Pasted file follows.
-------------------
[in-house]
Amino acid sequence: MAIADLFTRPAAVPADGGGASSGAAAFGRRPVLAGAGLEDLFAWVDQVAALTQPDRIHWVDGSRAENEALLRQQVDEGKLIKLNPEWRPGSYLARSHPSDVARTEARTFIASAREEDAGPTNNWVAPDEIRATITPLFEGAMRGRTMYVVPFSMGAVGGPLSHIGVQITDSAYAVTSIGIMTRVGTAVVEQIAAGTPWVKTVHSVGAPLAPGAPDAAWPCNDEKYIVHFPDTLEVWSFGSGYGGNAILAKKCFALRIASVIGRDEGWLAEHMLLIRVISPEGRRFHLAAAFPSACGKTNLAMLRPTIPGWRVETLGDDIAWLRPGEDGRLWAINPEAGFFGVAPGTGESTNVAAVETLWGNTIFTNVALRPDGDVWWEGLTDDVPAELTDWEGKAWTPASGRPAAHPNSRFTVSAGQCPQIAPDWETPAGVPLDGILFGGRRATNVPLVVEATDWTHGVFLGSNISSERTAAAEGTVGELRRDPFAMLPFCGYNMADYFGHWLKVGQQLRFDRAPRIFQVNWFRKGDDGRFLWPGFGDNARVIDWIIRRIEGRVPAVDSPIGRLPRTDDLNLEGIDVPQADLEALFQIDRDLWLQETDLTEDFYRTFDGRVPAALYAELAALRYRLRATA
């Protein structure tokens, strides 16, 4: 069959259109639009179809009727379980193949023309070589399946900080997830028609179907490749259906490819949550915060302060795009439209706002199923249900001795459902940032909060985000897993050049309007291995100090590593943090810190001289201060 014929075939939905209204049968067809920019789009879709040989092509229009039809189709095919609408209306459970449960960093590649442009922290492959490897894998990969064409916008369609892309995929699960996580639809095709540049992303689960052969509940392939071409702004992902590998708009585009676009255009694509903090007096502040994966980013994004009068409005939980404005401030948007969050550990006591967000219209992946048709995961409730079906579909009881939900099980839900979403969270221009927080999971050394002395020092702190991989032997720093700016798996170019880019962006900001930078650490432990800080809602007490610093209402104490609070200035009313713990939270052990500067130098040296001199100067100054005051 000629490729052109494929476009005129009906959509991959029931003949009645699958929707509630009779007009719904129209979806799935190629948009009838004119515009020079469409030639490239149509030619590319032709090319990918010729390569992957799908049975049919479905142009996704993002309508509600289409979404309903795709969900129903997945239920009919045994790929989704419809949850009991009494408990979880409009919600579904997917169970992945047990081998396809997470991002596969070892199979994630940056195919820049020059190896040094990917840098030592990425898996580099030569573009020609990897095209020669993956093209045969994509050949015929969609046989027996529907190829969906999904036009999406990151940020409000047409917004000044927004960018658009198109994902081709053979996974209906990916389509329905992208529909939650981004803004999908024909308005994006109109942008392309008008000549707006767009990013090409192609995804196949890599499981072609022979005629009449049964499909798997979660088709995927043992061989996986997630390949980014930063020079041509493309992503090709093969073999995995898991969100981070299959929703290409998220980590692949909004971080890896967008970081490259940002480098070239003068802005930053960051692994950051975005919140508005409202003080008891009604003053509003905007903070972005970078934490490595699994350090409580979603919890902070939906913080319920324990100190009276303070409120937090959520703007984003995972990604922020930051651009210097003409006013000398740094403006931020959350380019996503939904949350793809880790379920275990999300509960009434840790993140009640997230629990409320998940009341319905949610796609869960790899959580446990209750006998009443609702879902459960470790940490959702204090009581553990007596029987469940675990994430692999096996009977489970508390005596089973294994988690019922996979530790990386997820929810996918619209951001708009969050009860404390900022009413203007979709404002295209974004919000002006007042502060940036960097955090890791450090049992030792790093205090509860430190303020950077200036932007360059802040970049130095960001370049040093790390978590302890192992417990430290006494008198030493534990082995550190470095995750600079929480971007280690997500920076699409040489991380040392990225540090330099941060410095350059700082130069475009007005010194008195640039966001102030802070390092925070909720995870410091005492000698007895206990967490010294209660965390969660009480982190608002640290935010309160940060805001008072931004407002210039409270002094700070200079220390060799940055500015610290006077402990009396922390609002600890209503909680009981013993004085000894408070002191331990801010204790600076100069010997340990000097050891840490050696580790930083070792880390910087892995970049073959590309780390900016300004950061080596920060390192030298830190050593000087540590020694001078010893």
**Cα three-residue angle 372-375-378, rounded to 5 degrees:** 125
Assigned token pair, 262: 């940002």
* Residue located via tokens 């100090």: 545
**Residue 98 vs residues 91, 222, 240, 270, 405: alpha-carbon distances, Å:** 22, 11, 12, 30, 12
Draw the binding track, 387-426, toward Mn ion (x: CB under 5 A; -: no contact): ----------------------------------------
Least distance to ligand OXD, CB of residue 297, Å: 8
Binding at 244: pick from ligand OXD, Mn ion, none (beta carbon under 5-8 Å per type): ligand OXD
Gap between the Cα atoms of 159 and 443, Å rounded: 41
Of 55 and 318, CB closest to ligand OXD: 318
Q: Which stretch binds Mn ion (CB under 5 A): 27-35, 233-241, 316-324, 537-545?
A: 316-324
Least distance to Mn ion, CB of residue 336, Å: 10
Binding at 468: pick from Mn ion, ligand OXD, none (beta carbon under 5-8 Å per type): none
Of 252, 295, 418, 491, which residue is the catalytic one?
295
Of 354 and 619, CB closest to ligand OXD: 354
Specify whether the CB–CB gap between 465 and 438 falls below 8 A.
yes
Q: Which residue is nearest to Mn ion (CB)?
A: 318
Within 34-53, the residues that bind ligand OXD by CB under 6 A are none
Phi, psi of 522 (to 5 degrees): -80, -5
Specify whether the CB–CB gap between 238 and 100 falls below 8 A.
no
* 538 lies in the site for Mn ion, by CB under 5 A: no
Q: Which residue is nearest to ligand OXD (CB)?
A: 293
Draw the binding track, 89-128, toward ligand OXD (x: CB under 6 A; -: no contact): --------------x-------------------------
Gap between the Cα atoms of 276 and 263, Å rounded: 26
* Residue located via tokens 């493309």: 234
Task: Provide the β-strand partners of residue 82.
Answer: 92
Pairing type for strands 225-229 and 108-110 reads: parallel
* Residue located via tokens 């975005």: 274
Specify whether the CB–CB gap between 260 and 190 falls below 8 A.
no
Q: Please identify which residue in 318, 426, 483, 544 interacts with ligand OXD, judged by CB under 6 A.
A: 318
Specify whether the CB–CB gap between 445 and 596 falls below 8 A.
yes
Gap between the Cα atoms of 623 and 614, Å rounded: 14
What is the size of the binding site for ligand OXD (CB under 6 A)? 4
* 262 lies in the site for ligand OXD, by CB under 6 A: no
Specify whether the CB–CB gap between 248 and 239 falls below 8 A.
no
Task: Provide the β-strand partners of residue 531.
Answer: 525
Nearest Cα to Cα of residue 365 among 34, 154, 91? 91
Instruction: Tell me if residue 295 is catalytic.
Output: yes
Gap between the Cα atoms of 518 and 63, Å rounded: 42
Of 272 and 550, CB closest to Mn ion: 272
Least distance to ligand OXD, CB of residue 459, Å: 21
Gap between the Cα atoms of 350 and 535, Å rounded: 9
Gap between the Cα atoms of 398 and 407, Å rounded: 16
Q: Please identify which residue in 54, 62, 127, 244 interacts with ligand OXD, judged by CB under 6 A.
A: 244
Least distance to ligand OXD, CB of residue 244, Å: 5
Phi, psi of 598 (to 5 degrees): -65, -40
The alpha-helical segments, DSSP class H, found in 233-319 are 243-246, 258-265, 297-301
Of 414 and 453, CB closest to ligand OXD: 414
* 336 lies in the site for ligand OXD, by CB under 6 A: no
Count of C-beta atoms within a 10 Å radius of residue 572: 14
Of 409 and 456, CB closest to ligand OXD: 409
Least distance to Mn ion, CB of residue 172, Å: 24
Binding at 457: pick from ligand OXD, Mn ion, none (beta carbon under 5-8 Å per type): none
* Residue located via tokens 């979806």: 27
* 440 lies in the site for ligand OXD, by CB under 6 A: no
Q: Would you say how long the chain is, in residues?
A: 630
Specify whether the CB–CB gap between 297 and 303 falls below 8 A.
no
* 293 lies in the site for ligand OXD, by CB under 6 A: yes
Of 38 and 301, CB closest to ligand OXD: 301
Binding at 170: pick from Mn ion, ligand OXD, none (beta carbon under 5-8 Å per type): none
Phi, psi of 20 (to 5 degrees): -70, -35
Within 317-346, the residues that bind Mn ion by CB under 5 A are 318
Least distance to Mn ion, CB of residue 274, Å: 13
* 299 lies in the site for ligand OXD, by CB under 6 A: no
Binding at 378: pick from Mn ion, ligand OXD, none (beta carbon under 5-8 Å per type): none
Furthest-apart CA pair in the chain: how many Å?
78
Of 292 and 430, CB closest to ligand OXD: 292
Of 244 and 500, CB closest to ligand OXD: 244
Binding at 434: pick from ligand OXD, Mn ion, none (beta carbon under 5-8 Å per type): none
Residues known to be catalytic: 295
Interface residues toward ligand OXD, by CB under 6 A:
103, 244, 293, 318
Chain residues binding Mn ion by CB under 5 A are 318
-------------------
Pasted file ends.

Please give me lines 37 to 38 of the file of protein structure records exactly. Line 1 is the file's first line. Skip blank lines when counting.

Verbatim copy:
* Residue located via tokens 């975005």: 274
Specify whether the CB–CB gap between 260 and 190 falls below 8 A.